Uzbekistan spans several ecosystems, and topographic and geographic shifts.
Its eastern fringes tilt upwards in a knot of rugged mountains – Tashkent’s Chatkal and Pskem Mountains run into the western Tian Shan range, and Samarkand’s Zarafshon Mountains and a mass of ranges in the southeast flow into the Pamir Alay.
This isolated,rocky and forested terrain makes up an important habitat for the bear, lynx, bustard, mountain goat and even the elusive snow leopard.
To the west of the well-watered mountains are vast plains of desert or steppe.
The Amu-Darya (Oxus) river drops out of Tajikistan and winds its way westward along the Turkmen border for more than 2000km before petering out short of Moynaq, cleaving the landscape into two halves: the Karakum (White Sands) desert and the Ustyurt Plateau to the west; and the Kyzylkum (Red Sands) desert to the east.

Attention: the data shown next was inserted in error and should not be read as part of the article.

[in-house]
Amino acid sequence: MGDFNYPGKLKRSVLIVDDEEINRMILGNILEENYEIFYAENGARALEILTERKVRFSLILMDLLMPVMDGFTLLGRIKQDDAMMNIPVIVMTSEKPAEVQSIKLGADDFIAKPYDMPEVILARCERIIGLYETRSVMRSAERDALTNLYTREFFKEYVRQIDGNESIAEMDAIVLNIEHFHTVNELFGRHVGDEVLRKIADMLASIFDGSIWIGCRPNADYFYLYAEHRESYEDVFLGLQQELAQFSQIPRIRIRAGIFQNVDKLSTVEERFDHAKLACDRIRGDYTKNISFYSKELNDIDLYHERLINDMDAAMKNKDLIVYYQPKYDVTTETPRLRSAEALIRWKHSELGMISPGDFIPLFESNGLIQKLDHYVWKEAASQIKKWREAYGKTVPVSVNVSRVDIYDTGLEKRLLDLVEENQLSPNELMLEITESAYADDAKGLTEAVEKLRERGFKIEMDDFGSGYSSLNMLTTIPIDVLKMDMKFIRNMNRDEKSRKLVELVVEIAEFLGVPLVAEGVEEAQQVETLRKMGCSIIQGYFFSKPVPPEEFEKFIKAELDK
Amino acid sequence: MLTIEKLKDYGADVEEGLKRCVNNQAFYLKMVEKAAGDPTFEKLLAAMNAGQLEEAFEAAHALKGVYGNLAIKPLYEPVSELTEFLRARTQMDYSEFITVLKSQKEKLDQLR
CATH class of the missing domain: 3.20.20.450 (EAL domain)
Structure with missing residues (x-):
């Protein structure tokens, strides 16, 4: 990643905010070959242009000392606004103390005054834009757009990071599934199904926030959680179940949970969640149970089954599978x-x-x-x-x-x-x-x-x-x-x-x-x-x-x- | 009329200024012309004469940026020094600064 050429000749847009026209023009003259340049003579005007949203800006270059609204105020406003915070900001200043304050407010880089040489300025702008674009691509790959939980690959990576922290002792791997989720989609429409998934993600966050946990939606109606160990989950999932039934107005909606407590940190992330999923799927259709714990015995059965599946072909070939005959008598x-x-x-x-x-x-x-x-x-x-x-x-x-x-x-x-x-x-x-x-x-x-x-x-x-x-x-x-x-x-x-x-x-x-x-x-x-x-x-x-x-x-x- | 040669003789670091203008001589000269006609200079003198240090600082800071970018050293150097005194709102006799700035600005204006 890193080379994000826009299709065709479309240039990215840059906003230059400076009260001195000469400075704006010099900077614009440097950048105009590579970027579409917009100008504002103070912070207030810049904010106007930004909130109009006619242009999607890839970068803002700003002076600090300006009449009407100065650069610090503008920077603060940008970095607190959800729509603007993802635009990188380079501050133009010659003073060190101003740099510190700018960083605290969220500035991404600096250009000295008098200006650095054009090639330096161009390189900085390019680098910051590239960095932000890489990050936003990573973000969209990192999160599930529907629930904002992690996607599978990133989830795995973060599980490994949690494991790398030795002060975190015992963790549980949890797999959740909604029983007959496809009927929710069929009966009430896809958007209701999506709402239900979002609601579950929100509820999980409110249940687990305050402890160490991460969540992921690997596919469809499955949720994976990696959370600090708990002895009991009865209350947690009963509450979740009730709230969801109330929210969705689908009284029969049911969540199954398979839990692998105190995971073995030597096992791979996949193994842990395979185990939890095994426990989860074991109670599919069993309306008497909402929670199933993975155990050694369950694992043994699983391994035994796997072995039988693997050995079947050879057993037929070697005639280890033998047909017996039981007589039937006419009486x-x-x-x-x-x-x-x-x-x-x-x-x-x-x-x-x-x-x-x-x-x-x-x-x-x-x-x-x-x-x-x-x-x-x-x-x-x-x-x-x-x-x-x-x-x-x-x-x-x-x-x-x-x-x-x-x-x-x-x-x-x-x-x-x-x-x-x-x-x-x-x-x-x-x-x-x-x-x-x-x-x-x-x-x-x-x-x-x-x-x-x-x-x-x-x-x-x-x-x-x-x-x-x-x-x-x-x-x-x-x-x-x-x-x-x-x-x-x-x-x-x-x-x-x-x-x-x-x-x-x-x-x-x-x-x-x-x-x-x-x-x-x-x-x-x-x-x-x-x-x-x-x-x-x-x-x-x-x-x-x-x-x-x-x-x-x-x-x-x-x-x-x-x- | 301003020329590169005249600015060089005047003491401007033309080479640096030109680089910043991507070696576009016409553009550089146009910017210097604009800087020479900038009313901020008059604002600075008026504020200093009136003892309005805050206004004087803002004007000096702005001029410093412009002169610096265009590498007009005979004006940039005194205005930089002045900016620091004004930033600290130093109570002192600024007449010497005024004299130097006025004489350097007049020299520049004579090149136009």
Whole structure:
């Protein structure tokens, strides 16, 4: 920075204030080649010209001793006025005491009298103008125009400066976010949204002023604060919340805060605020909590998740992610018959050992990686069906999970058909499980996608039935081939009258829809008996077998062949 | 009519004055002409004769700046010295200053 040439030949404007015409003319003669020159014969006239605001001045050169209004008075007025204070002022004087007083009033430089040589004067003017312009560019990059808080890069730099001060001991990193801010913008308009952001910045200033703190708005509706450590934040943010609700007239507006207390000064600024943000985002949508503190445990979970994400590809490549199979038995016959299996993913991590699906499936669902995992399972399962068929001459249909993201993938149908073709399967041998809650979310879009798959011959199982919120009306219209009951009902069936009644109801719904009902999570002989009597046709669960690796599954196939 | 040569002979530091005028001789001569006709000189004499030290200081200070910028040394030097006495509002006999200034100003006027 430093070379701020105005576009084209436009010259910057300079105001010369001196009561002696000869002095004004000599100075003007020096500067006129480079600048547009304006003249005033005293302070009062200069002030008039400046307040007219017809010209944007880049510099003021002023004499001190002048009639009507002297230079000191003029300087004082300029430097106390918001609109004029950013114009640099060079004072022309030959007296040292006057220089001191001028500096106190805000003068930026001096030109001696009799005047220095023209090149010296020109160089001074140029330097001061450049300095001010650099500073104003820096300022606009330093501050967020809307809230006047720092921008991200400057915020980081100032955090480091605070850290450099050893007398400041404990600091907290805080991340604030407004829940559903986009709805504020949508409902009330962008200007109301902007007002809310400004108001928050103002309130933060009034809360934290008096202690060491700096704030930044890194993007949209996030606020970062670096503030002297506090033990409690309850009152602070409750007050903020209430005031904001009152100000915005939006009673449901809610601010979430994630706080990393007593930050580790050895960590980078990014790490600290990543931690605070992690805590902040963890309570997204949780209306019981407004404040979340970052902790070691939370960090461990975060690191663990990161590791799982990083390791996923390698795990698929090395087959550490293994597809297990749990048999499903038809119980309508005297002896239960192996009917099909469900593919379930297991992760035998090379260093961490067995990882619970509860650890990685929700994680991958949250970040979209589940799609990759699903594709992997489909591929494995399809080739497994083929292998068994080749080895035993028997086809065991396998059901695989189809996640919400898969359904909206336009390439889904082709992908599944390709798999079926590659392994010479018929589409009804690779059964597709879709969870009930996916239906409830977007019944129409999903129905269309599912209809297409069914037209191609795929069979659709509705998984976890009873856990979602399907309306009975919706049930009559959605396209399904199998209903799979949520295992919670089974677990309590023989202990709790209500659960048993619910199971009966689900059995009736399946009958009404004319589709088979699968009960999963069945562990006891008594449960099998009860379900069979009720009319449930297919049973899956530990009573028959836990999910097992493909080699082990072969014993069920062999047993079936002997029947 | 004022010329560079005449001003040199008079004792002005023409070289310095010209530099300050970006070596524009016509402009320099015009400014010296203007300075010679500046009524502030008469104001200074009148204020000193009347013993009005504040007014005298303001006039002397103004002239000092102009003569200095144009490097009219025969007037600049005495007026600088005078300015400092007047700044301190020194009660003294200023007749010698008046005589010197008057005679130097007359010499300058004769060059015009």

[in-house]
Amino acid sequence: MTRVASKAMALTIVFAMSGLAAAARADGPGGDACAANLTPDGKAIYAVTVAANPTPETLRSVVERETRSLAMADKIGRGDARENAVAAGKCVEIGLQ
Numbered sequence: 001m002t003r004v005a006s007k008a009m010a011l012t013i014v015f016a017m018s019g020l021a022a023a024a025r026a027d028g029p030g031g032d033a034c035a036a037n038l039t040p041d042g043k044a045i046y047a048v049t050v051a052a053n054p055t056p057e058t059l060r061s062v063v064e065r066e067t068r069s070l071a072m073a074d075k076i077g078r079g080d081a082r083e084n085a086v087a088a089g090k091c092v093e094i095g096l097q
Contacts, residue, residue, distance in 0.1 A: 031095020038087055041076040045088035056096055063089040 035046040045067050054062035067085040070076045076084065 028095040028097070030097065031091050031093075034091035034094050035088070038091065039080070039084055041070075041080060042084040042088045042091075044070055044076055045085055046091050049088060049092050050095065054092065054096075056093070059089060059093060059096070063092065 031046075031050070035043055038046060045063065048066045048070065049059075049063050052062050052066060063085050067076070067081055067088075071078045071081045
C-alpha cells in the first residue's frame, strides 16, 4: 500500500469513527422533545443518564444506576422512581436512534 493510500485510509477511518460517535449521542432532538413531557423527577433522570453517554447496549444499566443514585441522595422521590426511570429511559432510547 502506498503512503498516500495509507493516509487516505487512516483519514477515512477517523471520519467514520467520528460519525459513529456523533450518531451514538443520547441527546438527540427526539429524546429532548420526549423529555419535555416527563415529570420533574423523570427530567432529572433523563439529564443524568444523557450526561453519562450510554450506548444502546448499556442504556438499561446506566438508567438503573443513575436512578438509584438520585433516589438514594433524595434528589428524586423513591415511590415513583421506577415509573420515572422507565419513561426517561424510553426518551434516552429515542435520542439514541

Despite its bleakness, this land is far from dead; the desert is home to the gazelle, various raptors and other critters you’d expect to find – monitors, scorpions and venomous snakes.
There are some 15 zapovednik (nature reserves) in Uzbekistan, the largest of which is the Hissar Nature Reserve (750 sq km), due east of Shakhrisabz.
This remote region of pine and juniper forests is home to the country’s highest peaks – 4425m Khojapiryokh and a 4643m peak on the Tajik border still known by its wonderful Soviet sobriquet, 22nd Party Congress Peak.